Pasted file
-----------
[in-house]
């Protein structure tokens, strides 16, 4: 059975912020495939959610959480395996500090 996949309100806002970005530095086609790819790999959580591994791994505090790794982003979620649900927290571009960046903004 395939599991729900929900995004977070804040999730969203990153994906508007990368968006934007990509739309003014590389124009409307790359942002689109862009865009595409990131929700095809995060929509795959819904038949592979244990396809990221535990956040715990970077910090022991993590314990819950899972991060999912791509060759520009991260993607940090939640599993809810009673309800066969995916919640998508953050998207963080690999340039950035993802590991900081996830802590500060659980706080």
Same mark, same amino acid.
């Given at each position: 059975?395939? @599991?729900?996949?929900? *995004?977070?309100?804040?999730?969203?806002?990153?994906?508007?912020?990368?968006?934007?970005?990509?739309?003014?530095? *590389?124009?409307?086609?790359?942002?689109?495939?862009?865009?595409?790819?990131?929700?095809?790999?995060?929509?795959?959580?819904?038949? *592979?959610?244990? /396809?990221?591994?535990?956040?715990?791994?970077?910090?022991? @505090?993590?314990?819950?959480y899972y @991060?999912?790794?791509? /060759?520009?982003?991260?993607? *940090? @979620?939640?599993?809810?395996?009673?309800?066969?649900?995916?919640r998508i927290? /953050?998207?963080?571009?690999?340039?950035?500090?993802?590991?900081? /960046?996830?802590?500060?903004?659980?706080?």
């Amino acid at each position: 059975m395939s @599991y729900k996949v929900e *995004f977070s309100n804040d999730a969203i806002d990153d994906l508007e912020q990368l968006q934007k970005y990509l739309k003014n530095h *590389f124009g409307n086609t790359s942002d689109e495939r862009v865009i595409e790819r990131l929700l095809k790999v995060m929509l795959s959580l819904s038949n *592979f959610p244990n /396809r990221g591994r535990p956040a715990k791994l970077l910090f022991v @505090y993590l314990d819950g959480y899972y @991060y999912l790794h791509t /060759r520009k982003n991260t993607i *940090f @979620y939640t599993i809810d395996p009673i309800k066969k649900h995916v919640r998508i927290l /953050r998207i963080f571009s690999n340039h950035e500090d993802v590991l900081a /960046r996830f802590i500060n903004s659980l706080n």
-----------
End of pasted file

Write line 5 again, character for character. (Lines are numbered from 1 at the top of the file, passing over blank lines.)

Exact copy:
């Amino acid at each position: 059975m395939s @599991y729900k996949v929900e *995004f977070s309100n804040d999730a969203i806002d990153d994906l508007e912020q990368l968006q934007k970005y990509l739309k003014n530095h *590389f124009g409307n086609t790359s942002d689109e495939r862009v865009i595409e790819r990131l929700l095809k790999v995060m929509l795959s959580l819904s038949n *592979f959610p244990n /396809r990221g591994r535990p956040a715990k791994l970077l910090f022991v @505090y993590l314990d819950g959480y899972y @991060y999912l790794h791509t /060759r520009k982003n991260t993607i *940090f @979620y939640t599993i809810d395996p009673i309800k066969k649900h995916v919640r998508i927290l /953050r998207i963080f571009s690999n340039h950035e500090d993802v590991l900081a /960046r996830f802590i500060n903004s659980l706080n």